TypeScript Generics – Use Case and Examples

In this tutorial, you’ll learn the basics of generics in TypeScript. We’ll discuss how to use them and when they’re useful in your code.

Use Case for Generics

Let’s start with a simple example, where you want to print the value of an argument passed:

function printData(data: number) { console.log("data: ", data);
} printData(2);

Now, let’s suppose you want to make printData a more generic function, where you can pass any type of argument to it like: number/ string/ boolean. So, you might think to follow an approach like below:

function printData(data: number | string | boolean) { console.log("data: ", data);
} printData(2);

But in the future, you might want to print an array of numbers using the same function. In that case the types will increase and it will become cumbersome to maintain all those different types.

This is when Generics come into the picture.

How Generics Work in TS

Generics are like variables – to be precise, type variables – that store the type (for example number, string, boolean) as a value.

So, you can solve the problem we discussed above with generics as shown below:

function printData<T>(data: T) { console.log("data: ", data);
} printData(2);

In the above example printData-generics.ts, there is a slight difference in syntax:

  1. You use a type variable inside angular brackets after the function name <T>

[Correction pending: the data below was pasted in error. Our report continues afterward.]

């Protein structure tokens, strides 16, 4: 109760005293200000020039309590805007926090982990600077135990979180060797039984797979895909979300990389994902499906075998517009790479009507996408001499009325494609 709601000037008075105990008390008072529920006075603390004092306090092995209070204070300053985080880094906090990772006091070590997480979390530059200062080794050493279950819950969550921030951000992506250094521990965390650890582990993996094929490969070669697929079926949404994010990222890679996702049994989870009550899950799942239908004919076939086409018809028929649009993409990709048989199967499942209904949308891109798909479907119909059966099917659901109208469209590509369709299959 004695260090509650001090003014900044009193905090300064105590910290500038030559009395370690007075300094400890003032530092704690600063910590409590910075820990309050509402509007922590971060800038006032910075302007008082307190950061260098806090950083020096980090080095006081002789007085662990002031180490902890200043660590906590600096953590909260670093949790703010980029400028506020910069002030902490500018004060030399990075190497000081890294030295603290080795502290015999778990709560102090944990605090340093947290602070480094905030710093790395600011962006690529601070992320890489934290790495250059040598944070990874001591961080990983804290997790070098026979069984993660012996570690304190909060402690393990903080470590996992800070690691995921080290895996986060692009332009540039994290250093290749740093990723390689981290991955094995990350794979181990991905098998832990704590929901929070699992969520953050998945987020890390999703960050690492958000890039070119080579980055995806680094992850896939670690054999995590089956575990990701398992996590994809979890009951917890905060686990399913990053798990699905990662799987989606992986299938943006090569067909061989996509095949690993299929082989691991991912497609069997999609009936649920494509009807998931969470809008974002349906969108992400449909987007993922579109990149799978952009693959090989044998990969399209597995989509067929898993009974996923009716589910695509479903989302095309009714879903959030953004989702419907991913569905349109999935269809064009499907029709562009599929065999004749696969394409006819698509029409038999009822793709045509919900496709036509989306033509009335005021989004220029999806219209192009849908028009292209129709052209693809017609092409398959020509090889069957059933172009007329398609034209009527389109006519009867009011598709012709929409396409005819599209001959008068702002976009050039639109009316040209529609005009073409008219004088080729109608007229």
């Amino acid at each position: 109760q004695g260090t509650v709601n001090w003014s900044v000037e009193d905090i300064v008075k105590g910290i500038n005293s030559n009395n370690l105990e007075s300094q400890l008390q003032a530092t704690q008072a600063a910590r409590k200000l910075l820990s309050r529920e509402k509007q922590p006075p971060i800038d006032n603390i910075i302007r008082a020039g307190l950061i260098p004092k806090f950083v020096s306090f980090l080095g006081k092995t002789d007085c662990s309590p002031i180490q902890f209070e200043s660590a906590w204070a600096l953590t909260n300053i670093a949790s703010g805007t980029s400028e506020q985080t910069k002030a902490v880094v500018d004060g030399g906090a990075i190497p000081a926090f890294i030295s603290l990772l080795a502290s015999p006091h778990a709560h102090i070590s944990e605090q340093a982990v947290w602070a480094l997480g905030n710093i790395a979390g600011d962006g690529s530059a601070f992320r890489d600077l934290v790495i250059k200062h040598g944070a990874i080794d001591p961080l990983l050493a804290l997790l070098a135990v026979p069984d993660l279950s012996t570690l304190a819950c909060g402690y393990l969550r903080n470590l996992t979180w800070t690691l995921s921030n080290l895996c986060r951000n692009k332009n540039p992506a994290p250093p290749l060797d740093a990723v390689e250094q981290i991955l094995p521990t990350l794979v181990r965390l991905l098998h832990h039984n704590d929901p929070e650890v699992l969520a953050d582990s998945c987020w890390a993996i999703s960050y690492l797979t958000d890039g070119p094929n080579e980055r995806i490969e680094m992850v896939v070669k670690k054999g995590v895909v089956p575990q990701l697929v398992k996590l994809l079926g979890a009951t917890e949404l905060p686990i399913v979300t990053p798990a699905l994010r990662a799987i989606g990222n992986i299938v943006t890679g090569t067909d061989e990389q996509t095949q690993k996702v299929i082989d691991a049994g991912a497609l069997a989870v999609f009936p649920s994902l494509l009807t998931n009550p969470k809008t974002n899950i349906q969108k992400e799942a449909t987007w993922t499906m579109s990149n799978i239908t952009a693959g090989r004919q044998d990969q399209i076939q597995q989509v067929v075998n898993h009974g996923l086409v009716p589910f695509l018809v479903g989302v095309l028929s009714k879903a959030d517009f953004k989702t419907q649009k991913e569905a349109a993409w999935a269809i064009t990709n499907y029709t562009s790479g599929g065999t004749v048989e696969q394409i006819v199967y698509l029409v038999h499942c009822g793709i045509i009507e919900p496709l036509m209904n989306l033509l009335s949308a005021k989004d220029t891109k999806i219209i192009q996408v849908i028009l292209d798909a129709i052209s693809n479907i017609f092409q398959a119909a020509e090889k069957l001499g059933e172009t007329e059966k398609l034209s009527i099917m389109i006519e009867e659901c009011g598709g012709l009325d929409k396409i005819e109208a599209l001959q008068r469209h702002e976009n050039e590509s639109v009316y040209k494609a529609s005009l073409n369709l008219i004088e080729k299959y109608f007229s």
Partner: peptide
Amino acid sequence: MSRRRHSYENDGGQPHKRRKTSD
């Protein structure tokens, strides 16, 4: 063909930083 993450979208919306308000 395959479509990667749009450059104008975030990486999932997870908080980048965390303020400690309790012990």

2. You then assign the type variable to the parameter data: T

Let’s explore these differences a bit more.

To use generics, you need to use angular brackets and then specify a type variable inside them. Developers generally use T, X and Y. But it can be anything depending upon your preference.

You can then assign the same variable name as the type to the parameter of the function.

Now, whatever argument you pass to the function, it gets inferred and there’s no need to hardcode the type anywhere.

Even if you pass an array of numbers or an object to the printData function, everything will be displayed properly without TS complaining:

function printData<T>(data: T) { console.log("data: ", data);
} printData(2);
printData([1, 2, 3, 4, 5, 6]);
printData([1, 2, 3, "hi"]);
printData({ name: "Ram", rollNo: 1 });

Let’s see another example:

function printData<X,Y>(data1: X, data2: Y) { console.log("Output is: ", data1, data2);
} printData("Hello", "World");
printData(123, ["Hi", 123]);

In above example, we passed 2 arguments to printData and used X and Y to denote the types for both the parameters. X refers to 1st value of the argument and Y refers to 2nd value of the argument.

Here as well, the types of data1 and data2 are not specified explicitly because TypeScript handles the type inference with the help of generics.

How to Use Generics with Interfaces

You can even use generics with interfaces. Let’s see how that works with the help of a code snippet:

interface UserData<X,Y> { name: X; rollNo: Y;
} const user: UserData<string, number> = { name: "Ram", rollNo: 1

In above snippet, <string, number> are passed to the interface UserData. In this way, UserData becomes a reusable interface in which any data type can be assigned depending upon the use case.

Here in this example, name and rollNo will always be string and number, respectively. But this example was to showcase how you can use generics with interfaces in TS.

Thanks for reading!

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Posted by Contributor